Frontex: report on the functioning of the European Border Surveillance System (Eurosur) 30.3.16

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A December 2015 report by Frontex on the functioning of the European Border Surveillance System (Eurosur) provides an overview of how the system functioned from 2011, when the system launched, until November 2015. Thousands of "events" have been recorded in the system over this period and the report highlights four "operational success stories", incuding two incidents in which the system contributed to saving lives at sea.


The report: Frontex, Report to the European Parliament and the Council on Art 22(2) of Regulation (EU) No 1052/2013 - The functioning of Eurosur, 1 December 2015 (pdf)

Over 115,000 "events" were recorded in the Eurosur system from 2011 until November 2015, as the report notes:

"From its launch in 2011 and until 4 November 2015, the Eurosur network application has recorded a total of 117 721 events, while 9 125 documents were stored in its repository. Also within this timeframe, a total of 68 105 incidents were inserted into the JORA (Joint Operations Reporting Application) system, from a total of 37 Joint Operations. The incidents reported into JORA are being fed by Frontex into the Eurosur network application." (p.10)

A section on "results on the ground" highlights four "operational success stories" in which Eurosur played a part:

  • the rescue of 38 people travelling in an unseaworthy vessel between Morocco and Spain;
  • the seizure from a cargo ship of some 60 million cigarettes without legal possession documents;
  • the seizure of around 5,000 weapons and 500,000 bullets headed for Libya; and
  • the detection of rubber boats leaving Libya, leading to the notification of "the EUNAVFOR MED flagship present in the area".

Preparations are currently underway for the exchange of information at a higher level of classification than currently permitted:

"The effort to prepare the Eurosur Communication Network to process EU classified Information up to RESTREINT UE/EU RESTRICTED has been ongoing since December 2013. Exchange of RESTRICTED information is expected to start in the second half of 2016, following a provisional authorisation for the ECN to Operate. The full accreditation of the Network is expected in December 2016." (p.12)

The current limitations are apparently restricting activities: "As the Eurosur Communication Network is not accredited yet for exchange of EU classified Information up to RESTREINT UE/EU RESTRICTED, it is not possible yet to test all Eurosur Operational Layers' functionalities" (p.12). Testing is also continuing on more advanced technology such as "close to real time picture secure transmission from the deployed aerial, maritime and terresetrial assets" and "the start of satellite data transmission solution after the installation of equipment on the Islandic [sic] Off-Shore Patrol Vessel 'TYR'" (p.13).

The report also hints at the fact that Greece was the testing ground for the system: in either 2014 or 2015 the server for the "Frontex Compatible Operational Image", which transmits information gathered in Joint Operations to Frontex and national authorities, was moved from Hellenic Coast Guard premises to Frontex's headquarters in Poland.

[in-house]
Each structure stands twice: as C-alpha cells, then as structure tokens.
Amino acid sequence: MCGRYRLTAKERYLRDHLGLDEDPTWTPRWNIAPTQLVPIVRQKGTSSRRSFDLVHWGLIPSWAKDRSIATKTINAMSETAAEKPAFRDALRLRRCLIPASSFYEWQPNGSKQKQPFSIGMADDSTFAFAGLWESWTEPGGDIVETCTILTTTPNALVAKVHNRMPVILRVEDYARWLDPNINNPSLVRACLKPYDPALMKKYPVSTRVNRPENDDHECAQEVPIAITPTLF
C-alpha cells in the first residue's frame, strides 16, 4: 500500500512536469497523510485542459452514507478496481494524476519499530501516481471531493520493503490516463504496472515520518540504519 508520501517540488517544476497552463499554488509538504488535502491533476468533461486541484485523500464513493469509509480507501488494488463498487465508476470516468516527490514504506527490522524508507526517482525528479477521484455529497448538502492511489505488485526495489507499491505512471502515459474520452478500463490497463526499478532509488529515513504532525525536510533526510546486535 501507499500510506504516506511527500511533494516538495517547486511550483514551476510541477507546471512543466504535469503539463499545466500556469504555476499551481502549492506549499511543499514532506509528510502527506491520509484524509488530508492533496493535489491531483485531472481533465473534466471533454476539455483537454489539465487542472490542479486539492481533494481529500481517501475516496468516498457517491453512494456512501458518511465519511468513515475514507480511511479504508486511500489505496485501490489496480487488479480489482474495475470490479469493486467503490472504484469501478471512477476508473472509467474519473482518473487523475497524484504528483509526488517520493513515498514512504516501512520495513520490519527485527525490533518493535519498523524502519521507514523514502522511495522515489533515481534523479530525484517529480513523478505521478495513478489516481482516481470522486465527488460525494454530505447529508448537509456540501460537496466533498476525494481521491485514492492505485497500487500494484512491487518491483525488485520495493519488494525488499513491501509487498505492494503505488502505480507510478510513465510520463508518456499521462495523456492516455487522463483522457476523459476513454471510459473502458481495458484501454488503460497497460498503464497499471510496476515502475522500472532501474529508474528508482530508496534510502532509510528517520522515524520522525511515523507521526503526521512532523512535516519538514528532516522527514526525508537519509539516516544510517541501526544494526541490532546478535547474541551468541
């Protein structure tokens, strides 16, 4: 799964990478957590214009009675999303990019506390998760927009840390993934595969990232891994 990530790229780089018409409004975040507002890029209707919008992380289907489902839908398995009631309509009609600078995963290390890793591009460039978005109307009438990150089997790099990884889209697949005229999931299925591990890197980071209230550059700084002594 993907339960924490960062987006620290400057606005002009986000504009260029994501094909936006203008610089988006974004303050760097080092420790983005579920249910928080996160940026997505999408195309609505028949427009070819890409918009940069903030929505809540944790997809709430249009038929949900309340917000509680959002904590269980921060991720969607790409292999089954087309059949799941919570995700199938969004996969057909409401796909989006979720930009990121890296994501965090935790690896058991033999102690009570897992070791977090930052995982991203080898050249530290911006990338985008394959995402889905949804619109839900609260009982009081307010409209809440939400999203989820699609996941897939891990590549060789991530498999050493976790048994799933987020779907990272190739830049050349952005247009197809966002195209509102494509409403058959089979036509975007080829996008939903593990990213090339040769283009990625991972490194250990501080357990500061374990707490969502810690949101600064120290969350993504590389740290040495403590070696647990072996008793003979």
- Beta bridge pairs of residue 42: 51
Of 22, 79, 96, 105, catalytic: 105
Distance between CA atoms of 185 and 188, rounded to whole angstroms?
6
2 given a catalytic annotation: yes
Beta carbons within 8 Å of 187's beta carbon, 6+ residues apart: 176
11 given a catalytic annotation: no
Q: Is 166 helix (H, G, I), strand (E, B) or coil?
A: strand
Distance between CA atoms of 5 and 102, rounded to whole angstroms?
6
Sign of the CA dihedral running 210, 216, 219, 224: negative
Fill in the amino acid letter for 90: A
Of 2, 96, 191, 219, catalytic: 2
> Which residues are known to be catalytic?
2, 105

The numbers provided in the report make clear that Frontex officials and national officials deployed in Frontex-led operations are more enthusisatic users of the system's functions than national authorities. For example: "1073 Analytical Reports have been shared with all the NCCs since the establishment of EUROSUR." However, Member States "have so far shared 12 analytical reports" (p.13).

Similar disparities can be seen in the reporting of information to Eurosur, with Frontex by far the biggest contributor:

"[T]he 'intensity' of Member States/Schengen Associated Countries reporting to Eurosur varies considerably, and the most active node in the Eurosur network application is the Frontex one with a total of 64 355 events uploaded in the application. In terms of events most reported in the Eurosur network application, these are firstly related to 'irregular migration' (over 90 000), followed by 'related cross-border crime' (over 20 000). Only a minority of events are related to the 'crisis' category (just over 100)." (p.18)

Some of this seems to be due to there being no legal requirement for Member States to submit information:

"[D]ue to the limited scope of the Eurosur Regulation for land and sea borders (art. 2), Member States and Schengen Associated Countries have no obligation to report incidents at border control points and on air borders into this application, a legal provision that keeps the situational picture incomplete." (p.18)

More extensive statistical tables are contained in the report. Alongisde the lack of a legal requirement for Member States to submit information to Eurosur, other activities have been hampered by the fact that "data introduced to Eurosur is lacking consistency in its structure and format and does not provide a solid basis for the assessment." This has meant that the task of attributing "impact level assessments" to different "border sections" across the EU involves:

"an all-source approach, using all types of data available at Frontex, such as JORA [Joint Operations Reporting Application], FRAN [Frontex Risk Analysis Network], regional analytical networks and the findings and, in addition the analytical output of other Frontex analysts." (p.16)

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